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Local News

  • 2018 Election Overview

    Voter Information
    Polls open today
    from 7 a.m. to 7 p.m.
    What you must bring to vote: Photo ID. Acceptable forms include a South Carolina driver’s license, a SC DMV ID card, a S.C. Voter Registration Card with photo, a U.S. Passport or a Federal Military ID.
    Don’t have a photo ID?
    Bring your voter registration card to the polling place. You may vote a provisional ballot after signing an affidavit citing a “reasonable impediment” to obtaining a photo ID.

  • Hospice of Chesterfield to hold Memorial Service

    From release
    Hospice of Chesterfield County is having a community Memorial Service 6 p.m. on Nov. 4 at Chesterfield Baptist Church, 207 East Main Street, Chesterfield.
    The service is to remember all patients served by Hospice of Chesterfield County since October 2017. 

  • Race for S.C. 7th congressional seat

    Robert Williams
    Party: Democrat
    Age: 53
    Birthplace: Darlington
    Residence: Darlington
    Education: St. John High School, Darlington; Voorhees College, BS Business Administration; Troy University, Master’s in Public Administration
    Employment (current employer, other significant employers): Business Development Consultant, S.C. House of Representatives, District 62
    Previous elected or political experience:  Currently serving as the District 62 House Representative, 12 years.

  • Cheraw students arrested for alleged threats

    From release
    Two Cheraw students have been arrested after allegedly threatening to shoot up Cheraw High School.
    The incidents, which happened Friday, are unrelated.
    School Resource Officer Timothy Knight of the Chesterfield County Sheriff’s Office handled both threats, said Chesterfield County Sheriff Jay Brooks.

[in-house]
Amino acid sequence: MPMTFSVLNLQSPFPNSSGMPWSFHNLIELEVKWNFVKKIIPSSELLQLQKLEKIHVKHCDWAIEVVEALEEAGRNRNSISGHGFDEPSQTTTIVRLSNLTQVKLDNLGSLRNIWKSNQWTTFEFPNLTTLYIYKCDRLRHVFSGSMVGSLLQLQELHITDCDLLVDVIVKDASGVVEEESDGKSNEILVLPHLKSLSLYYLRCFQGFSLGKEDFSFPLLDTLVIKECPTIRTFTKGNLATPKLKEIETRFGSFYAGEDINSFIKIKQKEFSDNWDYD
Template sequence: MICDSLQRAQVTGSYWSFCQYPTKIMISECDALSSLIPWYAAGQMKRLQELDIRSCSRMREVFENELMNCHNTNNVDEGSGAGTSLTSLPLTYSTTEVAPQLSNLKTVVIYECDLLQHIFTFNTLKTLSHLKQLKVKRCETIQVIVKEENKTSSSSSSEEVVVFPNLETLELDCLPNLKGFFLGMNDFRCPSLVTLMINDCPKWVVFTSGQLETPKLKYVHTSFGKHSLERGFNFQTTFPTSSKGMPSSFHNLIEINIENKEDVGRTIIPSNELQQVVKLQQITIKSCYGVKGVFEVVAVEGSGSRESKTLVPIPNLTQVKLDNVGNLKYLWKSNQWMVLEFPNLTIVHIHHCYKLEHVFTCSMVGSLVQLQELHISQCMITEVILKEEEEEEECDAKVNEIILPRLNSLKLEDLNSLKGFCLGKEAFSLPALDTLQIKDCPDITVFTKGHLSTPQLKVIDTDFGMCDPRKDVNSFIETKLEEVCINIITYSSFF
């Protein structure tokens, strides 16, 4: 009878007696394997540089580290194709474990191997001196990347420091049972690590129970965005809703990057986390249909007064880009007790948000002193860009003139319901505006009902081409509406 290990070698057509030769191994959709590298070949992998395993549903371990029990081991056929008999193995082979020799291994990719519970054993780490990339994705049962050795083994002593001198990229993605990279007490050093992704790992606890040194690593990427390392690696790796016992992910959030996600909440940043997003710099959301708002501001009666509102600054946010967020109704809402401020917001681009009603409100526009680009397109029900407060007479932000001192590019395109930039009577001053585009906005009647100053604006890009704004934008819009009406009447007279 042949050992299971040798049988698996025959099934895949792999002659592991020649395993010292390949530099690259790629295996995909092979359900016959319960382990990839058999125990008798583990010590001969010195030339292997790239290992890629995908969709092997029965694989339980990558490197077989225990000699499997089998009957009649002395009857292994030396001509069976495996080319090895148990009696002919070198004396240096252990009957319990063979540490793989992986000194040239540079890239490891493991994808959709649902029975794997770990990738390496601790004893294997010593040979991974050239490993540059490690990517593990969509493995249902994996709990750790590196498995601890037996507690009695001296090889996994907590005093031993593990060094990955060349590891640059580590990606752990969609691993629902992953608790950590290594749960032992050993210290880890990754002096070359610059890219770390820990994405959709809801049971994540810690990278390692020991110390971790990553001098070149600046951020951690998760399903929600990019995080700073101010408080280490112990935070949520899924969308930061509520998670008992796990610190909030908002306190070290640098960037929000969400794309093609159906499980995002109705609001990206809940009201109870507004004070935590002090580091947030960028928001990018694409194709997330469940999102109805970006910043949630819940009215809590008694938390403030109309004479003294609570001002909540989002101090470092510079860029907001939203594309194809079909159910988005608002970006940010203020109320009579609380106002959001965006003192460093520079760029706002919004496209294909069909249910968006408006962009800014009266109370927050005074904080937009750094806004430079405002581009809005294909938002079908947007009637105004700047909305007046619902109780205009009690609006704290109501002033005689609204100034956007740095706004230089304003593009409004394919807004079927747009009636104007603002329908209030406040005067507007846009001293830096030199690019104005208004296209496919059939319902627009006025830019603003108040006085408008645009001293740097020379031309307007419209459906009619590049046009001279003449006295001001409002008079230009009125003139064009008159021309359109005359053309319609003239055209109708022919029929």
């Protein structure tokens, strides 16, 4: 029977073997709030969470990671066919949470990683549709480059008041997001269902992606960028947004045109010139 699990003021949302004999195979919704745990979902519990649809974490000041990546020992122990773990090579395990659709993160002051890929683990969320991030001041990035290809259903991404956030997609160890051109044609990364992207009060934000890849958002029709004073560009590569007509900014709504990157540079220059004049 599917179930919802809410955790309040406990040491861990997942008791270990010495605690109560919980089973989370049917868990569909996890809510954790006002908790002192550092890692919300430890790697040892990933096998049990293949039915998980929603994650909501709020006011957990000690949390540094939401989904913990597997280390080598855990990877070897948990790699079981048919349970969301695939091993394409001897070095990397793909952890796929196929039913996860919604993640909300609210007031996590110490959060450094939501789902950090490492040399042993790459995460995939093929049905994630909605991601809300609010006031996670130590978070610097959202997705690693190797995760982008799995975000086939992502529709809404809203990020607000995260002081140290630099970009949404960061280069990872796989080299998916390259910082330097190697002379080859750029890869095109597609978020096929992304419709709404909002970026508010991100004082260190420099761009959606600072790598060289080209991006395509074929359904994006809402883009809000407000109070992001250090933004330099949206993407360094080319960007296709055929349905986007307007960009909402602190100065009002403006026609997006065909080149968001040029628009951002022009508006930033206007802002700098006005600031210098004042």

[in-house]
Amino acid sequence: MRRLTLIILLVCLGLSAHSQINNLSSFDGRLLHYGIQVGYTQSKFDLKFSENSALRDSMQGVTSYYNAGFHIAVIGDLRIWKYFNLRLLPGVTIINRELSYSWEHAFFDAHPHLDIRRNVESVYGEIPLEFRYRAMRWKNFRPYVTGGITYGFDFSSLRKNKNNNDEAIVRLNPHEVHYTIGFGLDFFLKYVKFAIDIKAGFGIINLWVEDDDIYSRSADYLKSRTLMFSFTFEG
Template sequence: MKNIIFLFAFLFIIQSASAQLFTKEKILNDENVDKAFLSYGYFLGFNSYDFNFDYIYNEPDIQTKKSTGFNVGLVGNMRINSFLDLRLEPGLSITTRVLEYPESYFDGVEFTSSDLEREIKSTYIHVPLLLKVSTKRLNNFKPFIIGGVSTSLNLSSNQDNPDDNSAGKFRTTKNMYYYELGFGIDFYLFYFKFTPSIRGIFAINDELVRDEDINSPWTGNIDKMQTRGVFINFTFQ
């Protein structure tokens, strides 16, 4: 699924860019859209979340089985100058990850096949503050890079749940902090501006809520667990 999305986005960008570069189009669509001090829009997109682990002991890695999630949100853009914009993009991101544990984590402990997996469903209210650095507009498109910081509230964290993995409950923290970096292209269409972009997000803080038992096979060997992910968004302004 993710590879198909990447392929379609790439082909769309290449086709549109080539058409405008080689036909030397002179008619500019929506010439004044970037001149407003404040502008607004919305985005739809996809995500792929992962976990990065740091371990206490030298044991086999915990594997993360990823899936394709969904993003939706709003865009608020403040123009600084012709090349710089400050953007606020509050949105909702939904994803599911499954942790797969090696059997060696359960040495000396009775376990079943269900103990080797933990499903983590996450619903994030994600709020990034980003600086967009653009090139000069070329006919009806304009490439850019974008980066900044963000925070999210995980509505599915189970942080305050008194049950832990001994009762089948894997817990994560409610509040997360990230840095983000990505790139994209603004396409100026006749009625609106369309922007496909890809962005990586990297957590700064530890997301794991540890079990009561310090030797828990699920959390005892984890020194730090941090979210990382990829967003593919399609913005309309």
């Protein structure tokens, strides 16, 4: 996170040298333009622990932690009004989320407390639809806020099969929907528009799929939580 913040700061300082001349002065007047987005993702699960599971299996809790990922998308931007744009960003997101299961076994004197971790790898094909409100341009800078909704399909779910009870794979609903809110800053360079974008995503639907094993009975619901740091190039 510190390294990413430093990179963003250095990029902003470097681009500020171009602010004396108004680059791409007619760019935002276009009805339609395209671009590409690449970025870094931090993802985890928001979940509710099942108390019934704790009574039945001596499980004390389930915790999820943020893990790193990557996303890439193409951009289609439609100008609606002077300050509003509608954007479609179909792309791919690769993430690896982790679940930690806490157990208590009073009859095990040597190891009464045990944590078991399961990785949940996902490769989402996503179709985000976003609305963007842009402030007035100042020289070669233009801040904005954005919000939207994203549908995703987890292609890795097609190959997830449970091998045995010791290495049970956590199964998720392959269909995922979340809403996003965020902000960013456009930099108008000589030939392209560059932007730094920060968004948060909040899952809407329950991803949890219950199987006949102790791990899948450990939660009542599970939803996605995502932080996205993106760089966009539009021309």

Cheraw students were never in danger, Brooks said. 
    In one incident, a 15-year-old student was upset after students picked on him for how he treated his girlfriend.

  • Pageland author writes his redemption story

    A local author knows first hand how pain and failure can lead to positive outcomes.
    In his newly released book, “All Eyez on Him,” Kevin Rivers shares his personal testimony of how life’s negative events led him to God’s purpose for him.
    Rivers wrote the book to show God’s redeeming, restoring and resurrection power through his life as a young boy growing up in Pageland.

  • Coaches’ banquet moved

    From release
    The South Carolina Football Coaches Association has changed its venue for its annual Hall of Fame inductions.
    The banquet will be at the Crown Reed, 2913 South Ocean Boulevard, Myrtle Beach, at 7 p.m. Dec. 14. For tickets contact Mike Ware, 803-278-6360 or mware@scfootballcoaches.com
    Former Central coach Al Usher of is being inducted this year. Nine other coaches are being inducted.

  • Meetings on S.C. 9 postponed

    S.C. Department of Transportation meetings to discuss the future of S.C. 9 in Pageland and Ruby scheduled for Oct. 2 have been postponed because of Florence.

    S.C. Department of Transportation representatives say the meetings will be reshedued.

  • Peripheral Artery Disease – A Concern for People with Type 2 Diabetes

    From release

    Peripheral artery disease or at it is more commonly called PAD  occurs when fatty layers build up on the inner linings of the blood vessels throughout the body and limits the blood flow.

     It usually involves the arteries running to the legs and feet. PAD is similar to coronary artery disease, which occurs when blockages in the arteries cut off the blood supply to the heart.  

  • Runoffs set pairings for November elections

    Robert Williams won the Democratic runoff for the 7th U.S. Congressional District, by 420 votes over Mal Hyman, according to unofficial results. 

    Incumbent Gov. Henry McMaster and Attorney General Alan Wilson won their runoff elections, according to unofficial results. 

  • Taking the journey with Kali

    This week the Progressive Journal publishes the second chapter of “Kali: A Polar Bear’s Tale,” written by one of her caretakers, Carolyn Mueller.

    We’re one of many U.S. newspapers that are publishing Kali’s – pronounced Cully’s –tale as a way to encourage young children to read and to learn more about newspapers. 

    In today’s fast-paced world, we want to instantly jump from beginning to end, not spending much time in the middle.